Niels Banhos Danneskiold-Samsøe:
Interplay between diet, gut microbiota, immune cells and energy metabolism in obesity development

Date: 31-03-2016    Supervisor: Karsten Kristiansen

Obesity and associated metabolic disorders such as type 2 diabetes are major causes of morbidity and mortality globally. A major contributor to development of the obesity pandemic has been the increasing intake of energy dense diets, consisting of dietary fats combined with high-glycemic carbohydrates such as refined grains and sugars. The lack of sufficient therapeutic options for obesity, and the inability of most individuals to reduce energy intake or increase expenditure highlight the importance of understanding its underlying biological mechanisms.

Obesity is associated with low-grade inflammation contributing to development of insulin resistance and obesity. Dietary habits are linked to changes in the gut bacterial composition (gut microbiota) which is central to host inflammatory response and metabolism in the development of obesity and associated metabolic disorders. Thus, detailed investigation of the interactions between the diet, gut microbiota and development of inflammation is necessary to understand development of obesity. For this, it is important to understand the regulation of the local immune system of fat and other tissues important for regulation of systemic metabolism.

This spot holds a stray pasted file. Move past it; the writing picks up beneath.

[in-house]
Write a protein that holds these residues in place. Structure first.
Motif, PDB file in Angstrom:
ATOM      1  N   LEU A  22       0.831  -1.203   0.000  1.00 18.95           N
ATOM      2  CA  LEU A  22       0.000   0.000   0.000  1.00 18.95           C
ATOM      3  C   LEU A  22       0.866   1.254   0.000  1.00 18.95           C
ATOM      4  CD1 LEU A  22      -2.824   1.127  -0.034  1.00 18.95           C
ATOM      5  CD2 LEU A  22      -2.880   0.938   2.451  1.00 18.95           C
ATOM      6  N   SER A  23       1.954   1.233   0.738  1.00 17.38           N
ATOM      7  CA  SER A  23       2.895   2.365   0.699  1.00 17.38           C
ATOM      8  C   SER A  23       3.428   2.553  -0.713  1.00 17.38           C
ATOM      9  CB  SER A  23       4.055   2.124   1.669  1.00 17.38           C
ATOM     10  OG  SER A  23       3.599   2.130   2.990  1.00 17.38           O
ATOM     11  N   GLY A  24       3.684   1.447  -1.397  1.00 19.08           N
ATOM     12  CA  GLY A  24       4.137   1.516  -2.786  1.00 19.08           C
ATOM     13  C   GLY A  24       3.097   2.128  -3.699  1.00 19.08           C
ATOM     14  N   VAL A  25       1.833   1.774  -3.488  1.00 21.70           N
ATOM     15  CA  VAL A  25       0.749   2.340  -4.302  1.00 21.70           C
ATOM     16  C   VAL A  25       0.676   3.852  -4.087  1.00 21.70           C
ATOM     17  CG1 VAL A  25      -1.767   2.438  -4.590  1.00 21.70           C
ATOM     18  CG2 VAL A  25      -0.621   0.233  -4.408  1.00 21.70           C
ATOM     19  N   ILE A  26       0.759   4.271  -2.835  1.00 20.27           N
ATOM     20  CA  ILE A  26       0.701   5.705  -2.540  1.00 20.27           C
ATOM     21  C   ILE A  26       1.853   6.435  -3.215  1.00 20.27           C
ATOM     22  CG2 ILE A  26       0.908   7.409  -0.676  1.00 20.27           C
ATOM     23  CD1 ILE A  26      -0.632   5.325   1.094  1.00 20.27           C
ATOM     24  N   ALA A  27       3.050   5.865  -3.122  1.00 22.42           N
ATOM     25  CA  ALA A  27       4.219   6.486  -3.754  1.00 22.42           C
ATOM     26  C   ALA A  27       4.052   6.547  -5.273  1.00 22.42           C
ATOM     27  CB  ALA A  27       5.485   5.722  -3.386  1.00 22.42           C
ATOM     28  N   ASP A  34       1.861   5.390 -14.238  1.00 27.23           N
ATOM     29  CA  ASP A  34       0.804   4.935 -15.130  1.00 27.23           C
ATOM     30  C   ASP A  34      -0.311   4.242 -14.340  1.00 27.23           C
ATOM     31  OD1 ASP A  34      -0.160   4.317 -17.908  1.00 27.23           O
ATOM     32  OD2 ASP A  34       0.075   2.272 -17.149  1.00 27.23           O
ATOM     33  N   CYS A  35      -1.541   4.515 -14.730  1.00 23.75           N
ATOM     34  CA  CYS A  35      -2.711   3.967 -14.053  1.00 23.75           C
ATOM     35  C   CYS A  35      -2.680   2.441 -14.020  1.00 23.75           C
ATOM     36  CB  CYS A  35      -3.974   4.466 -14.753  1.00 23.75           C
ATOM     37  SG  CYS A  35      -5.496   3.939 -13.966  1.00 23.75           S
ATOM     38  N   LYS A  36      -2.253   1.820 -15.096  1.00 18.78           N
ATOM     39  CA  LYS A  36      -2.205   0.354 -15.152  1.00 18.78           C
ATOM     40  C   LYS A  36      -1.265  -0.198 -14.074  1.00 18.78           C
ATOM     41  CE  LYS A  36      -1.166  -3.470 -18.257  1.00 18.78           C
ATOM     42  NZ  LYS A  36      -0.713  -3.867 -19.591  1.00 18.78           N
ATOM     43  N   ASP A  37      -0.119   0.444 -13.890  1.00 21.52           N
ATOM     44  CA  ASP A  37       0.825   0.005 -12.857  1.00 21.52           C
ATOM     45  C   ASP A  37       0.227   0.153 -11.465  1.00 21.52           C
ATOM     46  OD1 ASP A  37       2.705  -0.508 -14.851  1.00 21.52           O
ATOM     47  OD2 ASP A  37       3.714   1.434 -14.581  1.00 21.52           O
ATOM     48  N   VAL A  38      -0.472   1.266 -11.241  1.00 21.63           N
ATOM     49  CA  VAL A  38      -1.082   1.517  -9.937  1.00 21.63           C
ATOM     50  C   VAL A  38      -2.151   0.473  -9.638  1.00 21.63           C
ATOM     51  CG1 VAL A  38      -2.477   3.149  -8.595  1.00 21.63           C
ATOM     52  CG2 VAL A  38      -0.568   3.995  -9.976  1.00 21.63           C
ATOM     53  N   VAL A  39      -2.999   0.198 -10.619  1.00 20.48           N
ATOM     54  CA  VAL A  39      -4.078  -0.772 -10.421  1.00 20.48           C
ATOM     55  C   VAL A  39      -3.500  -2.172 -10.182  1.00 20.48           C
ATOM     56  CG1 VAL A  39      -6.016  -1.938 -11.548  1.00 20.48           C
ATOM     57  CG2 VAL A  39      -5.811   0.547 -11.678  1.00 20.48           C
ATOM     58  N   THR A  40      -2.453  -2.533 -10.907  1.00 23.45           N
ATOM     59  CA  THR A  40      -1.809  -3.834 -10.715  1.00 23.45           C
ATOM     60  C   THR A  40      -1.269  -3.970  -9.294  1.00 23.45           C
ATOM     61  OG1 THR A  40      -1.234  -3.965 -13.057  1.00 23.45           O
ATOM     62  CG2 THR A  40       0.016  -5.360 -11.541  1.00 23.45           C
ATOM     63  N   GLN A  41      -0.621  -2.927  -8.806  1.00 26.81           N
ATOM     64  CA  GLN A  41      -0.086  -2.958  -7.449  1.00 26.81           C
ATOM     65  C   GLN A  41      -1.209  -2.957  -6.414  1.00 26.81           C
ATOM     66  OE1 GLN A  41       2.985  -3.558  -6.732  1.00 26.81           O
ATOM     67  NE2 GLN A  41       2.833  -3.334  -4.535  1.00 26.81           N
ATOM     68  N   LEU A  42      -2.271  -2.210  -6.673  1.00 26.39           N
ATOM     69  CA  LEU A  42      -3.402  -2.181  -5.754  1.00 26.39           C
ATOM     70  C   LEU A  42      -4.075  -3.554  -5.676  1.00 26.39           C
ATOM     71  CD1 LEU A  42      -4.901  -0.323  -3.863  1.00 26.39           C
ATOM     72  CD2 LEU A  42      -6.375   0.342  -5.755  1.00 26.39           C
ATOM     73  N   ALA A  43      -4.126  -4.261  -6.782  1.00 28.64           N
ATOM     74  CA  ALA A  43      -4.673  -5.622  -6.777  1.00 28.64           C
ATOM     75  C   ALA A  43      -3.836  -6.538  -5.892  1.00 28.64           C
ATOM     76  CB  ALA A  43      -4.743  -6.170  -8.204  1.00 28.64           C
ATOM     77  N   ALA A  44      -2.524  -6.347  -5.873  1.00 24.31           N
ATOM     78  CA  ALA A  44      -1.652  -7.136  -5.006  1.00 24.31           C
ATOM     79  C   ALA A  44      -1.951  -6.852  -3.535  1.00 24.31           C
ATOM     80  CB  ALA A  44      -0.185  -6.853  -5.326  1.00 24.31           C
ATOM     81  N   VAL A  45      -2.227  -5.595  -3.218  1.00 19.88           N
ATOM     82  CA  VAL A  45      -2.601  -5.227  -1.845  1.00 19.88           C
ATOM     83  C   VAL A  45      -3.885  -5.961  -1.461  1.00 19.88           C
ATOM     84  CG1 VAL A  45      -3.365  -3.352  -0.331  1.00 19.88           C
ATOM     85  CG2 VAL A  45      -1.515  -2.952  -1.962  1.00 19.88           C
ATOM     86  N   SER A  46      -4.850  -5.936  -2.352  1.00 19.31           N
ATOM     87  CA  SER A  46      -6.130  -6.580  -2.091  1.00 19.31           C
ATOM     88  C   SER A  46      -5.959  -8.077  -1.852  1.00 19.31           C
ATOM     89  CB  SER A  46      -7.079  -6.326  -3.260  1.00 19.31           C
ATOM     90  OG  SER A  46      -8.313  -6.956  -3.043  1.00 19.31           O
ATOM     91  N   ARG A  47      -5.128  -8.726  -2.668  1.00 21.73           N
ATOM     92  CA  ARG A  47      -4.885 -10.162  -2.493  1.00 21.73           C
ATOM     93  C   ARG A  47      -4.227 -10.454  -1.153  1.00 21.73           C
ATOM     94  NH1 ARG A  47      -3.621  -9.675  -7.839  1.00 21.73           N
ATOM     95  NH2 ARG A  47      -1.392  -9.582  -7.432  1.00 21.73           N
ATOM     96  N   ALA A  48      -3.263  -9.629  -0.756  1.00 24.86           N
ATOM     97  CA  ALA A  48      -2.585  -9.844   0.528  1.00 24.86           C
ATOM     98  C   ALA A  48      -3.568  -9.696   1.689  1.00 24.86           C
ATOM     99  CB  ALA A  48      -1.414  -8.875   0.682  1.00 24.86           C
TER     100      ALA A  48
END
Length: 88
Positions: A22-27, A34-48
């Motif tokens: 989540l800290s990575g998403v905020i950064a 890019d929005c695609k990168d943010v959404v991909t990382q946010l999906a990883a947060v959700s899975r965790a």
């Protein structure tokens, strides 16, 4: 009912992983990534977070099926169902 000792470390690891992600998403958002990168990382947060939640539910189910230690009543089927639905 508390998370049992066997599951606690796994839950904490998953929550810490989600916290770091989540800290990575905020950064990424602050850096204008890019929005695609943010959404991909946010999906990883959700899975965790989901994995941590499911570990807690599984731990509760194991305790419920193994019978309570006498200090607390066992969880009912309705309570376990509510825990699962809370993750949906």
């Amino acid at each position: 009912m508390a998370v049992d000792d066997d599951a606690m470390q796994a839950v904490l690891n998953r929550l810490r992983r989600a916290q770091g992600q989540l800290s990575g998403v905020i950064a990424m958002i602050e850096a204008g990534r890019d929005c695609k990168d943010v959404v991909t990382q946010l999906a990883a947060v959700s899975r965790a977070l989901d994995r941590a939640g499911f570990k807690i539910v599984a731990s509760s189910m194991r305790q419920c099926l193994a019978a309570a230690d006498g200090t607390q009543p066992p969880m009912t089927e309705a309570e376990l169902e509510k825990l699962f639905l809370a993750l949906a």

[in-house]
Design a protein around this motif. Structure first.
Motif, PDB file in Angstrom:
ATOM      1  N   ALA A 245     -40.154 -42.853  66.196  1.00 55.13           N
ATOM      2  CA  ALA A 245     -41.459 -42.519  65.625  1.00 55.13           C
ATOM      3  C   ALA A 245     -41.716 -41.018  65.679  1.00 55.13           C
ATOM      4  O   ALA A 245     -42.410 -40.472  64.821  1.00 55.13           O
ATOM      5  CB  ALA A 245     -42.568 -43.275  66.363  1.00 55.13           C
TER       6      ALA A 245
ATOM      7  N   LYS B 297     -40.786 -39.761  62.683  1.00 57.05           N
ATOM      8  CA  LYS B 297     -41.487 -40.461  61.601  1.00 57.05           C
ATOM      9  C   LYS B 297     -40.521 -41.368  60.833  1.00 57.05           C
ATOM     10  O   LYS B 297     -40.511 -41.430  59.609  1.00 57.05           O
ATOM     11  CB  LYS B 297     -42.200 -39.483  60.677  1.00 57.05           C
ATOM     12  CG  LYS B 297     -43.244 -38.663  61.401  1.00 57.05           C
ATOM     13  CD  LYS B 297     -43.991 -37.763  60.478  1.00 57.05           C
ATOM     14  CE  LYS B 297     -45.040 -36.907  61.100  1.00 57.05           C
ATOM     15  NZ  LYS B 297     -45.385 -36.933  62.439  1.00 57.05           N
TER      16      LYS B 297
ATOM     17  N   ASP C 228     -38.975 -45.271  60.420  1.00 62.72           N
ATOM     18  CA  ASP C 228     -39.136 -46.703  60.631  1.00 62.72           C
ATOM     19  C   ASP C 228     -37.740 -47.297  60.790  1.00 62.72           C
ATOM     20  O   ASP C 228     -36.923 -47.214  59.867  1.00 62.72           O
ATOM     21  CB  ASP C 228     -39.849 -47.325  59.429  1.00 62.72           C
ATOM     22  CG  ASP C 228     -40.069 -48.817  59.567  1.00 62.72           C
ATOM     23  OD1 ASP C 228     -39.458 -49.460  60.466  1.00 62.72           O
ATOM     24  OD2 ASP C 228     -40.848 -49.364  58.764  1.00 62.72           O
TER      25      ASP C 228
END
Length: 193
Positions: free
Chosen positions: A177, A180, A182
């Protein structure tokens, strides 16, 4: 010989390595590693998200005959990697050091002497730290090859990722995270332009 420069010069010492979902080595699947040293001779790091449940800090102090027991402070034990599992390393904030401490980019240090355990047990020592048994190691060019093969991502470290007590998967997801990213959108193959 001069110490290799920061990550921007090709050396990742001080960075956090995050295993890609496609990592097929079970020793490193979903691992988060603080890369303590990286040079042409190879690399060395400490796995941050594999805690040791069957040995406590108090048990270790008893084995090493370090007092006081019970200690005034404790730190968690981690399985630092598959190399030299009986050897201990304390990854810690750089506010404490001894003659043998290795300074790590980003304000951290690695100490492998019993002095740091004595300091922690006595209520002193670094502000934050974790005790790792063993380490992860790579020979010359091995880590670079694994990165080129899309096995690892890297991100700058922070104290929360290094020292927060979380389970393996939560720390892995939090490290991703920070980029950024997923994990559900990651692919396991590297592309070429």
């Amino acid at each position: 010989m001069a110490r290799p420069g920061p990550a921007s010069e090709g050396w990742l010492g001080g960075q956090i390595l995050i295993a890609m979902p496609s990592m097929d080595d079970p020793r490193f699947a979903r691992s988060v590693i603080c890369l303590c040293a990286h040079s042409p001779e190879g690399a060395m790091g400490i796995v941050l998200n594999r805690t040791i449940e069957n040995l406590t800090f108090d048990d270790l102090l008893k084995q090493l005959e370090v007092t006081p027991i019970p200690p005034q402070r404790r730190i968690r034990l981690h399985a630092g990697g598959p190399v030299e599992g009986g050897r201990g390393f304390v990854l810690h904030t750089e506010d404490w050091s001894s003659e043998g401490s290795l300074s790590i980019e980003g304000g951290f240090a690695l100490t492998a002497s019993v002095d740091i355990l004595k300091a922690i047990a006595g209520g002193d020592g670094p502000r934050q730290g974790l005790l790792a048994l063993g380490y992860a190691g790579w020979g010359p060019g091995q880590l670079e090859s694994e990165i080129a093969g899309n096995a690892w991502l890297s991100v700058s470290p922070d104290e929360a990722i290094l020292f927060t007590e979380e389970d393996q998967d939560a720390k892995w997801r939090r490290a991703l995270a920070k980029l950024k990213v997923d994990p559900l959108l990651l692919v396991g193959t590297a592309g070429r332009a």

To investigate the inflammatory responses in fat and in the liver in obesity, and its interactions with the gut microbiota and diet, we carried out a series of experiments in mice on high-fat diets. Our results show that dietary addition of gliadin (a component in gluten) to a high-fat diet can modulate glucose and lipid metabolism, and is associated with alterations in the gut microbiota and immune cell profile in adipose tissue. We also demonstrate that moderate weight gain on a high-fat/high-sucrose diet based on safflower oil, one of the most rich sources of n-6 polyunsaturated fatty acids can results in glucose intolerance without inflammatory changes in visceral fat or the liver, but with changes to the gut microbiota. Finally we find that fat cell specific activity of cyclooxygenase-2, an enzyme important for metabolism of fat, decreases body fat mass and increases insulin sensitivity associated with an improved inflammatory profile in the adipose tissue.